Orthodox Union Statement regarding the Syrian Refugees Issue; “Security Concerns are Real and Paramount, Congress and Executive Should Review and Strengthen — with a Goal of ‘Getting to Yes’”


Contact: Roslyn Singer
Director of Communications, OU Advocacy
rsinger@ou.org

 

Today, the leadership of the Union of Orthodox Jewish Congregations of America issued the following statement:

The heinous attacks in Paris this week demonstrate that ISIS, and other similar militant Islamic terrorist groups, have both the desire and means to strike terror in the capitals of the Western world. Clearly, this must impact the manner in which the United States considers the acceptance of refugees from Syria and other war-torn countries in the Middle East. While most of those refugees are innocent bystanders whose lives have been wrecked by ISIS and similar groups, security concerns are real and serious. We cannot be naive in our assessment of the determination of terrorists to exploit the refugee crisis. And we should limit immigration to those individuals who share our American ideals and aspirations.

However, we also must recognize that the majority of these refugees are fleeing terror themselves—violence like we have witnessed in Paris. They are families, women, and children who are running for their lives. We cannot and should not blame them for the actions of an evil terrorist organization. The Jewish community has an important perspective on this debate. Just a few decades ago, refugees from the terror and violence in Hitler’s Europe sought refuge in the United States and were turned away due to suspicions about their nationality. In fact, the Jewish immigrants that ultimately came to these shores fully adopted American values and have contributed greatly to the fabric of our great nation of immigrants.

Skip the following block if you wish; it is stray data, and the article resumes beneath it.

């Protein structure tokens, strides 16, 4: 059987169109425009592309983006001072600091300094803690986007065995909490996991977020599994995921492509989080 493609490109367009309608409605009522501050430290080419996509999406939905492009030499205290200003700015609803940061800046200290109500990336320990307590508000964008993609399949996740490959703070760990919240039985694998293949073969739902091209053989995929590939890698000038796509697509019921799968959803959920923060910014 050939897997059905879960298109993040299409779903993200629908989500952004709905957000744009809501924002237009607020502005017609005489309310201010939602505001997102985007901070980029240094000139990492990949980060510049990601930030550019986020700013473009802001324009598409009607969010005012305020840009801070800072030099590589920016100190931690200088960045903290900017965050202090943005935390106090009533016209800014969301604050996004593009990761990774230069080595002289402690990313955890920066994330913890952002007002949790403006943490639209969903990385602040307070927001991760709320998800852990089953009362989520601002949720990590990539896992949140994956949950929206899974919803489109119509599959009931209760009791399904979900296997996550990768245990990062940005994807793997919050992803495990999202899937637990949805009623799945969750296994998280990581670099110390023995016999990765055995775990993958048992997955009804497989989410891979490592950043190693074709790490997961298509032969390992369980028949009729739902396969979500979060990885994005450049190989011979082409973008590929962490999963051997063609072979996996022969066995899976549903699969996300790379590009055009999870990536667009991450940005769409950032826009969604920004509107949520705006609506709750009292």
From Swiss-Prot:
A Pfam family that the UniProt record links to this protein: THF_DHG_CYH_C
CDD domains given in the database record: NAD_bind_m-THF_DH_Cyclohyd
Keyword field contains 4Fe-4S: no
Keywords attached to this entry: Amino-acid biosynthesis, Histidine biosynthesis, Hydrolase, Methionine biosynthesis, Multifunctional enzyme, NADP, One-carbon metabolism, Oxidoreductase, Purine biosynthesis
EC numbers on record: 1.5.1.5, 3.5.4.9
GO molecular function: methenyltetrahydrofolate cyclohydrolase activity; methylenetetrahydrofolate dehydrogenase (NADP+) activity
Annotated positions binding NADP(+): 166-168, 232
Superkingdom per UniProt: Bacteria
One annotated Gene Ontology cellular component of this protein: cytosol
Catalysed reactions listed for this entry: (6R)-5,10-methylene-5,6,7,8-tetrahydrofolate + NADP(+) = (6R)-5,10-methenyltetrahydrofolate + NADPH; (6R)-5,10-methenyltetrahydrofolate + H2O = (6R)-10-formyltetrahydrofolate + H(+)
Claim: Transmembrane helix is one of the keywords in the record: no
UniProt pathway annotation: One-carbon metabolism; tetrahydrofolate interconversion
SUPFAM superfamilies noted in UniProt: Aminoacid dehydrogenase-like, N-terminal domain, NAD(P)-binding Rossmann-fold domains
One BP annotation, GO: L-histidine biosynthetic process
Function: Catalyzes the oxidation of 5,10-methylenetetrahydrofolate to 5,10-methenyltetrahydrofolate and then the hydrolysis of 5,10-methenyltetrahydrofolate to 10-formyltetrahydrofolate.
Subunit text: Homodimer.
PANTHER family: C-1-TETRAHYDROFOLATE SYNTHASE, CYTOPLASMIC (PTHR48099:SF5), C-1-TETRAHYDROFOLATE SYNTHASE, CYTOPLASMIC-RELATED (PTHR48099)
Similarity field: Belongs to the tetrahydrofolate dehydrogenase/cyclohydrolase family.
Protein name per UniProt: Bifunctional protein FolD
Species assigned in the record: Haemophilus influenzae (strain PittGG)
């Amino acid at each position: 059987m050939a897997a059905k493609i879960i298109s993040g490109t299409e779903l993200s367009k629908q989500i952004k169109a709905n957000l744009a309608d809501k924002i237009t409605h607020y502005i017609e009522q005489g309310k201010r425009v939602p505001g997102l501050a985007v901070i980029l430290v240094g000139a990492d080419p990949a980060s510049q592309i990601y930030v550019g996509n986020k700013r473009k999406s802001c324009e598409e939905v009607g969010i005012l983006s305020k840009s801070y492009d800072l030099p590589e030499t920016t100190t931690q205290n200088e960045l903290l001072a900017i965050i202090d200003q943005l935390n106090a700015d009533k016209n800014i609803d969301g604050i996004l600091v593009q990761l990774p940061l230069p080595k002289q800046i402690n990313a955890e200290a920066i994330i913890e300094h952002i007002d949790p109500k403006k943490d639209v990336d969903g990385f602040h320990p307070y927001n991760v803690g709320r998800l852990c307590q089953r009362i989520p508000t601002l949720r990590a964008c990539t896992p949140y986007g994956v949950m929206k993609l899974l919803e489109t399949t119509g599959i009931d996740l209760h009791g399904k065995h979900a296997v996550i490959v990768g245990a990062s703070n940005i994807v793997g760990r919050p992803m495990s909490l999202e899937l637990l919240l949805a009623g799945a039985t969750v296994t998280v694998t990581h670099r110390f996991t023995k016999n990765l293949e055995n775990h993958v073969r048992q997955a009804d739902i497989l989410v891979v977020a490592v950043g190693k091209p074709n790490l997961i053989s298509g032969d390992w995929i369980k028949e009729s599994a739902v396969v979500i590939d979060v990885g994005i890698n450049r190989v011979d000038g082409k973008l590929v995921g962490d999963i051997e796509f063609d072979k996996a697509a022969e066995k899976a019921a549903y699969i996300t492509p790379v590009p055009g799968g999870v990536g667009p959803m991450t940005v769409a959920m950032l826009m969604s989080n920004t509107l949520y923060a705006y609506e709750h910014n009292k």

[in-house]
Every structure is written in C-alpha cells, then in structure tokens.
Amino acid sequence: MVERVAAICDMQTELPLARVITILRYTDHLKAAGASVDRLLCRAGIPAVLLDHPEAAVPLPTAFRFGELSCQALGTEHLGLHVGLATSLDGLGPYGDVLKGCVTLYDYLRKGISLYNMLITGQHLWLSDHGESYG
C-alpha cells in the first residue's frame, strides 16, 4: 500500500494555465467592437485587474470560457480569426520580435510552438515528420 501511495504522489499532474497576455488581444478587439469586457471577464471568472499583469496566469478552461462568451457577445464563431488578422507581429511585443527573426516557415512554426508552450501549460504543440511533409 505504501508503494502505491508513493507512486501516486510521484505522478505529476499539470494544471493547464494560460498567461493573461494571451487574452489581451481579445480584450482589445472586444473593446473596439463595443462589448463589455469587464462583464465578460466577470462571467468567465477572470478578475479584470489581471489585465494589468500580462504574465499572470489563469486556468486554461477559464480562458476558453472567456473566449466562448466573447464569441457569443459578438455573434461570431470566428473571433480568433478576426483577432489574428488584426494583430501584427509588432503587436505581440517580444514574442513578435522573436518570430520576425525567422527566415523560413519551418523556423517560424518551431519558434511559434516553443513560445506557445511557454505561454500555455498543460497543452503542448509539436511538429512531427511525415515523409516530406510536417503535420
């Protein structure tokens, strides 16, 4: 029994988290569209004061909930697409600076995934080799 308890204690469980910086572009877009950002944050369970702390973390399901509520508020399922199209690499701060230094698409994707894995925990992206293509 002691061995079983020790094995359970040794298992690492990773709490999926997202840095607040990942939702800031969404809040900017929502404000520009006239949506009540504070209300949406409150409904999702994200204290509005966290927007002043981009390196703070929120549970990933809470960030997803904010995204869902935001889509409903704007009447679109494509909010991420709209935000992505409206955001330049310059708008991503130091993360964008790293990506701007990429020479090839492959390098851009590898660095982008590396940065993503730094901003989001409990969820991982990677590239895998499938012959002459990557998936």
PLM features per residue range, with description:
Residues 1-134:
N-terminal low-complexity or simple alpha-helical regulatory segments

Thus, we encourage a sensible process of reviewing and enhancing security. Neither partisan politics nor xenophobia can have a place in that debate. While security concerns must be paramount, our focus as a nation should be on “getting to yes.” Congress and the Executive Branch should review the screening program for refugees and strengthen it as appropriate. The process under which individuals can enter the U.S. on tourist or student visas should be reviewed as well. America has both the creativity and compassion to successfully address the competing considerations and we urge our political leaders to work toward achieving this delicate balance.